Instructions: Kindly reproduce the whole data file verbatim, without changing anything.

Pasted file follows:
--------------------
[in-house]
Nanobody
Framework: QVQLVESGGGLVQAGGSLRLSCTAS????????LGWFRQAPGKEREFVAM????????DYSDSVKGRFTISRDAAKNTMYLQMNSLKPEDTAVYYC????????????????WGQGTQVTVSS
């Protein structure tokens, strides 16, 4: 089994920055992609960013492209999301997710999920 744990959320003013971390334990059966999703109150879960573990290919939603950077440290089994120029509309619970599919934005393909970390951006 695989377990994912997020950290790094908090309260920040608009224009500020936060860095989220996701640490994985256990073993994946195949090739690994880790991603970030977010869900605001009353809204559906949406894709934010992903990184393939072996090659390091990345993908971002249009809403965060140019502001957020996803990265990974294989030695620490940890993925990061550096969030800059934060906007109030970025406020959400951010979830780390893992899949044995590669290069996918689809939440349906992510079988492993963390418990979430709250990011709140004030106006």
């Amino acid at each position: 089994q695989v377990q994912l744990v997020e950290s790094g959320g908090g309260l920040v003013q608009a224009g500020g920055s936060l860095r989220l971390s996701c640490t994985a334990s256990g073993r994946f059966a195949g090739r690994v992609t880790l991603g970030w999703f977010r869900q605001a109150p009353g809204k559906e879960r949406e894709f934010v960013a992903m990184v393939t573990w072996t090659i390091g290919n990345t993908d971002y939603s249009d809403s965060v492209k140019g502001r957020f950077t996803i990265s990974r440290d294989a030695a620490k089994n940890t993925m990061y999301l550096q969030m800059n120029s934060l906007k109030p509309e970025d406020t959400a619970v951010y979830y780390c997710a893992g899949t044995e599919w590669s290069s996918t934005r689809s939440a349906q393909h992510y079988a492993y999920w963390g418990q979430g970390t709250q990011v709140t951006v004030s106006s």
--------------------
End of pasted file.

[in-house]
Nanobody
Framework: QVQLVESGGGLVQAGGSLRLSCTAS????????LGWFRQAPGKEREFVAM????????DYSDSVKGRFTISRDAAKNTMYLQMNSLKPEDTAVYYC????????????????WGQGTQVTVSS
């Protein structure tokens, strides 16, 4: 089994920055992609960013492209999301997710999920 744990959320003013971390334990059966999703109150879960573990290919939603950077440290089994120029509309619970599919934005393909970390951006 695989377990994912997020950290790094908090309260920040608009224009500020936060860095989220996701640490994985256990073993994946195949090739690994880790991603970030977010869900605001009353809204559906949406894709934010992903990184393939072996090659390091990345993908971002249009809403965060140019502001957020996803990265990974294989030695620490940890993925990061550096969030800059934060906007109030970025406020959400951010979830780390893992899949044995590669290069996918689809939440349906992510079988492993963390418990979430709250990011709140004030106006």
């Amino acid at each position: 089994q695989v377990q994912l744990v997020e950290s790094g959320g908090g309260l920040v003013q608009a224009g500020g920055s936060l860095r989220l971390s996701c640490t994985a334990s256990g073993r994946f059966a195949g090739r690994v992609t880790l991603g970030w999703f977010r869900q605001a109150p009353g809204k559906e879960r949406e894709f934010v960013a992903m990184v393939t573990w072996t090659i390091g290919n990345t993908d971002y939603s249009d809403s965060v492209k140019g502001r957020f950077t996803i990265s990974r440290d294989a030695a620490k089994n940890t993925m990061y999301l550096q969030m800059n120029s934060l906007k109030p509309e970025d406020t959400a619970v951010y979830y780390c997710a893992g899949t044995e599919w590669s290069s996918t934005r689809s939440a349906q393909h992510y079988a492993y999920w963390g418990q979430g970390t709250q990011v709140t951006v004030s106006s």